Knowing your monthly expenses is a good first step toward saving money

If you’re broke at the end of the month wondering whether you can afford a night out for fun or even to buy gas, a Northern Virginia financial consultant has advice.

First thing, you need to get a sense of today’s true monthly expenses to create as accurate a budget as you can.

“Last year, you may have been spending $200 to $300 a month on food. Well, now that may be $400 or $500 a month on food,” said financial professional Chase Lopez from ILG Financial in Stafford, Virginia.

“This is something that you really want to be on top of on a monthly or every six-month basis, because prices are changing very rapidly right now. So you really want to make sure that you’re still spending X amount of dollars on food, gas, all those different things,” he said.

Lopez recommends checking bank statements monthly to get a sense of what you’re spending for the past six months or so for a few different reasons.

Financial professional Chase Lopez from ILG Financial in Stafford, Virginia. (Courtesy ILG Financial)

First, it can allow you to identify ghost payments you might have forgotten about and or might want to cancel.

“A lot of times, you’ll have a subscription that you don’t [remember] that’s just been auto drafting out of your account,” he said.

“Once you can get rid of all those extra expenses, that maybe are unneeded, that can really start to shape how you can save for your future.”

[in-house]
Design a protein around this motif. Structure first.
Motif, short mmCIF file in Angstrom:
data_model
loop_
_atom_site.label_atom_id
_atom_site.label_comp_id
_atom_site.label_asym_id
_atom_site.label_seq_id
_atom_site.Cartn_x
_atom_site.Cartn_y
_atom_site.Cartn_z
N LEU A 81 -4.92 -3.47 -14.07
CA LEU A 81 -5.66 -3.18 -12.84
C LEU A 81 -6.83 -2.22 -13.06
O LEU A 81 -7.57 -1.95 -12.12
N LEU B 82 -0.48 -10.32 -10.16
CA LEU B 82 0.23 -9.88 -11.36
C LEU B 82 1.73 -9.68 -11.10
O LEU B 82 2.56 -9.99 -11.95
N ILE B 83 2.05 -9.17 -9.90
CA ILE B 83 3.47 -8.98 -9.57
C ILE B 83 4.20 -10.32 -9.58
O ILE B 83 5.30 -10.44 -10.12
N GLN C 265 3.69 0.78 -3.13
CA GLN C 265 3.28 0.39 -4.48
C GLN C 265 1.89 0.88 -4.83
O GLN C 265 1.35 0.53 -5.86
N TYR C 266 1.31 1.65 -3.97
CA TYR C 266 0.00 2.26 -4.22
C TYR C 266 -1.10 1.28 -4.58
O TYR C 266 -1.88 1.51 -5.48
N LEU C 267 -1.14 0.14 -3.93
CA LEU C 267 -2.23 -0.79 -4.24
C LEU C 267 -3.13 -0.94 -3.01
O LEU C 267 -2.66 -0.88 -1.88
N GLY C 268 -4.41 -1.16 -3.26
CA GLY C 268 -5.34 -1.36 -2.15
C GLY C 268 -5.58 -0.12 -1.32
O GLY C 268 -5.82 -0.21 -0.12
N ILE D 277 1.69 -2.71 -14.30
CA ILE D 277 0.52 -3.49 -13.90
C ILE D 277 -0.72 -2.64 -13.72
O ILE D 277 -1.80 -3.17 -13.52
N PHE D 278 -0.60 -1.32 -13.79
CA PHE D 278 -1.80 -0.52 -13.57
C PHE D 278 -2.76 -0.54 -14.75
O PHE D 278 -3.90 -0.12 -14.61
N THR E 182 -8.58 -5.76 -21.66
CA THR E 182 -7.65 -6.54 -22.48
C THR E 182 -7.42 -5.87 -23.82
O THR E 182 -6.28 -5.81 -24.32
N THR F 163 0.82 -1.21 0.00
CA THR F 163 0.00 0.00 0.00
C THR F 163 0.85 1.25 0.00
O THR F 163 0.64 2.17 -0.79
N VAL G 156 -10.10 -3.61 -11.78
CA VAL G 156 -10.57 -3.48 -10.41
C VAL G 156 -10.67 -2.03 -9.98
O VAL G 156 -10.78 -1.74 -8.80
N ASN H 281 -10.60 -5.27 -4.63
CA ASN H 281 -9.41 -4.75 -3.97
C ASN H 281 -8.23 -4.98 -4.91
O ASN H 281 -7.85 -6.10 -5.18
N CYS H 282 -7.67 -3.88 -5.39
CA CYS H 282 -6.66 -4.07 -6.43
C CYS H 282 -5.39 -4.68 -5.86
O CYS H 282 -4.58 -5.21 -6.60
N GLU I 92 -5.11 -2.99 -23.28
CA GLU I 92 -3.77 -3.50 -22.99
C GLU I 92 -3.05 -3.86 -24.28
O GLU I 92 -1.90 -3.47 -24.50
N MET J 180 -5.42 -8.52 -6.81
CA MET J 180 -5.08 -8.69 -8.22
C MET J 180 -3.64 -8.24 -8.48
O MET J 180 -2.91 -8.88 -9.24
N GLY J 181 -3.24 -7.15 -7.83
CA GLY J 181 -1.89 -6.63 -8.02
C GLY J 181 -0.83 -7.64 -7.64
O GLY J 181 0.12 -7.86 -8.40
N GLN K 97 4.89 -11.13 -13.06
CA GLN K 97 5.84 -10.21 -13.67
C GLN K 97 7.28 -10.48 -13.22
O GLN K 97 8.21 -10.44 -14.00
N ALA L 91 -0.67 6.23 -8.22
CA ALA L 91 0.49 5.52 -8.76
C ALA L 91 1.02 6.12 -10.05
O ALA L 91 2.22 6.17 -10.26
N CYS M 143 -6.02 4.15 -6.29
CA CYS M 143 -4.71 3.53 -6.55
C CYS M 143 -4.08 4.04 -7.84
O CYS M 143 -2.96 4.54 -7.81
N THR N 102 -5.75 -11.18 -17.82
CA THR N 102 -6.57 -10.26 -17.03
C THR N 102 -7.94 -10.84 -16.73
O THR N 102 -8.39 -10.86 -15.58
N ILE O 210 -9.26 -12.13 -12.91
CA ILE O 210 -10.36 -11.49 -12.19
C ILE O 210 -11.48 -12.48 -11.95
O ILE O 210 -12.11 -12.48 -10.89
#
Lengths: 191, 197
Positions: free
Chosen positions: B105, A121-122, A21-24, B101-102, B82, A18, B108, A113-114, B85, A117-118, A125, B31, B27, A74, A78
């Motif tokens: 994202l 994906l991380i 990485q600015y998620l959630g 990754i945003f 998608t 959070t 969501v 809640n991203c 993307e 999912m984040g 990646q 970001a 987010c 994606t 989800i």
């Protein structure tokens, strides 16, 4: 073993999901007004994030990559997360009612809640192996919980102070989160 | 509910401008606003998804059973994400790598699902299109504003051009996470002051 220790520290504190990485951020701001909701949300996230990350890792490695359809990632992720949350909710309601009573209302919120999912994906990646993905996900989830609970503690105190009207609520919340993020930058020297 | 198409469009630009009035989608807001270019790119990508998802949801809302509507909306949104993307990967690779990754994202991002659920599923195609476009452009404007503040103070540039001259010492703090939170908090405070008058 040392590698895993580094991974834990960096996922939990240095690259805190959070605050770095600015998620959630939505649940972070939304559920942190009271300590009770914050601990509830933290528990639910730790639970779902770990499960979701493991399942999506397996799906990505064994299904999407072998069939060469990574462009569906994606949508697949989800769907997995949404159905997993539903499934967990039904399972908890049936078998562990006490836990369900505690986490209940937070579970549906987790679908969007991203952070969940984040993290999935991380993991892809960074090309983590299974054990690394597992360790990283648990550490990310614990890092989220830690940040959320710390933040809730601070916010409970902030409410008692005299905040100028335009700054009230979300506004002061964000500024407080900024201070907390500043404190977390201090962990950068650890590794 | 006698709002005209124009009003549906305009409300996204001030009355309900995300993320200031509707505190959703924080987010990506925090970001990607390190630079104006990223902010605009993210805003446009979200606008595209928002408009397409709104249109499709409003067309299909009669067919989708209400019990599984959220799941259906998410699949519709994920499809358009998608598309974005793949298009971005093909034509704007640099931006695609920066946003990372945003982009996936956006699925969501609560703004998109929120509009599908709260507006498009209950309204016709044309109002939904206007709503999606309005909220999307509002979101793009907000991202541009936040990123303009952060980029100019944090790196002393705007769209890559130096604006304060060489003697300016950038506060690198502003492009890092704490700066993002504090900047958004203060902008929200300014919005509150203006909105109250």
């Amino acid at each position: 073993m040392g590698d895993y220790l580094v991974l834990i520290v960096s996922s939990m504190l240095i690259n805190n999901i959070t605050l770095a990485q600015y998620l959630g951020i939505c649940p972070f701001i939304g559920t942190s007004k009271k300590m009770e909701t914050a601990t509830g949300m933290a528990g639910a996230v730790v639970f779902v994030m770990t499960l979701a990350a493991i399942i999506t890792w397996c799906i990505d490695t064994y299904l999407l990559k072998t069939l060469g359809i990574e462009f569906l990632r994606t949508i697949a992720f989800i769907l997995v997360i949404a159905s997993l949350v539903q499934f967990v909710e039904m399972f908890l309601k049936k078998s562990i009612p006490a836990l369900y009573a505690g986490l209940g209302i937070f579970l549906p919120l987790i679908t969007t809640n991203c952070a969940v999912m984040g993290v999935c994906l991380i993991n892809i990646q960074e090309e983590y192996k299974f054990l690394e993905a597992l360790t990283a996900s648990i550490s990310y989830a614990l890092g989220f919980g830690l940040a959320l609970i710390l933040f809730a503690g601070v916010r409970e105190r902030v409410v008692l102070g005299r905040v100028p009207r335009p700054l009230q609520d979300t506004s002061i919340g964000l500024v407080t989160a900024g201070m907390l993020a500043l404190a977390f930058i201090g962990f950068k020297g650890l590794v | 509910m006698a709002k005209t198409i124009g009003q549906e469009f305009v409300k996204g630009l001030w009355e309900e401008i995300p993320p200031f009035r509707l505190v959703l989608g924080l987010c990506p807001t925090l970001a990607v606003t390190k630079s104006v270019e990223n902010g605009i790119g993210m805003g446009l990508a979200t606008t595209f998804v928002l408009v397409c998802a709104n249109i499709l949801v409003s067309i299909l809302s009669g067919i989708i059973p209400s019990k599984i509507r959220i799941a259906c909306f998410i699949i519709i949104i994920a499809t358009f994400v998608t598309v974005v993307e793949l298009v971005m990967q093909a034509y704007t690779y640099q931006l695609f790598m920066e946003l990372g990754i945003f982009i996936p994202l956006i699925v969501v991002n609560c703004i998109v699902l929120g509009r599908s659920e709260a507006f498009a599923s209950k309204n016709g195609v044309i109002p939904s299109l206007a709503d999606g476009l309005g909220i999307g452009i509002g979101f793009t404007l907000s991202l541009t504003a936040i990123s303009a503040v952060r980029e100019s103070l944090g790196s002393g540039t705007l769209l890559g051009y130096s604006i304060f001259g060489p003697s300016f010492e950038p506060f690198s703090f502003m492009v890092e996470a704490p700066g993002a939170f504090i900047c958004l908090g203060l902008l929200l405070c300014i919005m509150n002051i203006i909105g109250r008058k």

Another reason to check bank statements is related to what Lopez calls one of the most common mistakes people make: underestimating how much they’re spending to eat out for lunch on workdays at the office.

And, if you’re serious about cutting expenses, maybe it’s time to ask your household serious questions.

“Look at your bank statements, probably for the last six months to a year and say, ‘Hey, do I really need this stuff?’ For example, if you have maybe, Netflix, Hulu, Disney +,  all the different subscriptions for videos out there. Maybe you pare that down a little bit,” Lopez said.

“Really, it’s just about looking at those individual expenses and weighing how important they really are to you.”

The other side of the ledger sheet involves how much money is coming in.

“Knowing exactly how much money is coming in after taxes and then knowing exactly how much money is going out is really the key to building that financial future that everyone’s looking for,” Lopez said.

There are apps to help people track income and expenses. Kiplinger’s Personal Finance parses some of them on its website.

Kristi King

Kristi King is a veteran reporter who has been working in the WTOP newsroom since 1990. She covers everything from breaking news to consumer concerns and the latest medical developments.

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